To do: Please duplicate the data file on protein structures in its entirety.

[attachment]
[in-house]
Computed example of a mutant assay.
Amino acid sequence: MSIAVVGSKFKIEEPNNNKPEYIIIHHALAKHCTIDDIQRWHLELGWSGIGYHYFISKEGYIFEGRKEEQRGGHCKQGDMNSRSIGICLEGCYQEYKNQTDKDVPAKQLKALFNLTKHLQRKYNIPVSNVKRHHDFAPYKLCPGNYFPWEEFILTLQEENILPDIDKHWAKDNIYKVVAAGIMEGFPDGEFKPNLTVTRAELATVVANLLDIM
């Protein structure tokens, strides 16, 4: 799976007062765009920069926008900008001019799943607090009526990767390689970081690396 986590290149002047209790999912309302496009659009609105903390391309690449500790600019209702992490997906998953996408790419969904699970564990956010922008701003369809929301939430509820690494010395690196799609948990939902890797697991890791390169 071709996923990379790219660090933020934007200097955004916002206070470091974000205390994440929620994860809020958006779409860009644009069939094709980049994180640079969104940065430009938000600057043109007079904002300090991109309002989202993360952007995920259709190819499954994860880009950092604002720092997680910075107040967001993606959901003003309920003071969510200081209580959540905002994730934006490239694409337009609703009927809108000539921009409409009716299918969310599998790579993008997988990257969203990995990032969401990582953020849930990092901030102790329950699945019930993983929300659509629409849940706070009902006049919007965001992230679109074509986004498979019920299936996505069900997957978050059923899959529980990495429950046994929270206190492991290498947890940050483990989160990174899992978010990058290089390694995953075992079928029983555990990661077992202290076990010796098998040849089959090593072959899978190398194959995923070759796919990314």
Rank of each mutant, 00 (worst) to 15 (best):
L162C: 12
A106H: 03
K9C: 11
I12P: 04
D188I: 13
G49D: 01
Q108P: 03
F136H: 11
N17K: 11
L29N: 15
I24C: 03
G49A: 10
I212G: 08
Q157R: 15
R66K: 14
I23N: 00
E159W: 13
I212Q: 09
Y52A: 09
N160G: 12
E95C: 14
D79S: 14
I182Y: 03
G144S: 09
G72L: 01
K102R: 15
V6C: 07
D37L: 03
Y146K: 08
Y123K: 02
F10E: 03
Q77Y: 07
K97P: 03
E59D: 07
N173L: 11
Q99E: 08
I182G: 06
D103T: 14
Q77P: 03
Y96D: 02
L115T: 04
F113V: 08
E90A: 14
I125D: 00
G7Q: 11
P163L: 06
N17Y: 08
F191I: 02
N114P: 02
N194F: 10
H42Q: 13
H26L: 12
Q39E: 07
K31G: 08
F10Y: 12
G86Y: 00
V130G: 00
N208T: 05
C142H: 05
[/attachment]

[in-house]
Computed example of a mutant assay.
Amino acid sequence: MSIAVVGSKFKIEEPNNNKPEYIIIHHALAKHCTIDDIQRWHLELGWSGIGYHYFISKEGYIFEGRKEEQRGGHCKQGDMNSRSIGICLEGCYQEYKNQTDKDVPAKQLKALFNLTKHLQRKYNIPVSNVKRHHDFAPYKLCPGNYFPWEEFILTLQEENILPDIDKHWAKDNIYKVVAAGIMEGFPDGEFKPNLTVTRAELATVVANLLDIM
């Protein structure tokens, strides 16, 4: 799976007062765009920069926008900008001019799943607090009526990767390689970081690396 986590290149002047209790999912309302496009659009609105903390391309690449500790600019209702992490997906998953996408790419969904699970564990956010922008701003369809929301939430509820690494010395690196799609948990939902890797697991890791390169 071709996923990379790219660090933020934007200097955004916002206070470091974000205390994440929620994860809020958006779409860009644009069939094709980049994180640079969104940065430009938000600057043109007079904002300090991109309002989202993360952007995920259709190819499954994860880009950092604002720092997680910075107040967001993606959901003003309920003071969510200081209580959540905002994730934006490239694409337009609703009927809108000539921009409409009716299918969310599998790579993008997988990257969203990995990032969401990582953020849930990092901030102790329950699945019930993983929300659509629409849940706070009902006049919007965001992230679109074509986004498979019920299936996505069900997957978050059923899959529980990495429950046994929270206190492991290498947890940050483990989160990174899992978010990058290089390694995953075992079928029983555990990661077992202290076990010796098998040849089959090593072959899978190398194959995923070759796919990314």
Rank of each mutant, 00 (worst) to 15 (best):
L162C: 12
A106H: 03
K9C: 11
I12P: 04
D188I: 13
G49D: 01
Q108P: 03
F136H: 11
N17K: 11
L29N: 15
I24C: 03
G49A: 10
I212G: 08
Q157R: 15
R66K: 14
I23N: 00
E159W: 13
I212Q: 09
Y52A: 09
N160G: 12
E95C: 14
D79S: 14
I182Y: 03
G144S: 09
G72L: 01
K102R: 15
V6C: 07
D37L: 03
Y146K: 08
Y123K: 02
F10E: 03
Q77Y: 07
K97P: 03
E59D: 07
N173L: 11
Q99E: 08
I182G: 06
D103T: 14
Q77P: 03
Y96D: 02
L115T: 04
F113V: 08
E90A: 14
I125D: 00
G7Q: 11
P163L: 06
N17Y: 08
F191I: 02
N114P: 02
N194F: 10
H42Q: 13
H26L: 12
Q39E: 07
K31G: 08
F10Y: 12
G86Y: 00
V130G: 00
N208T: 05
C142H: 05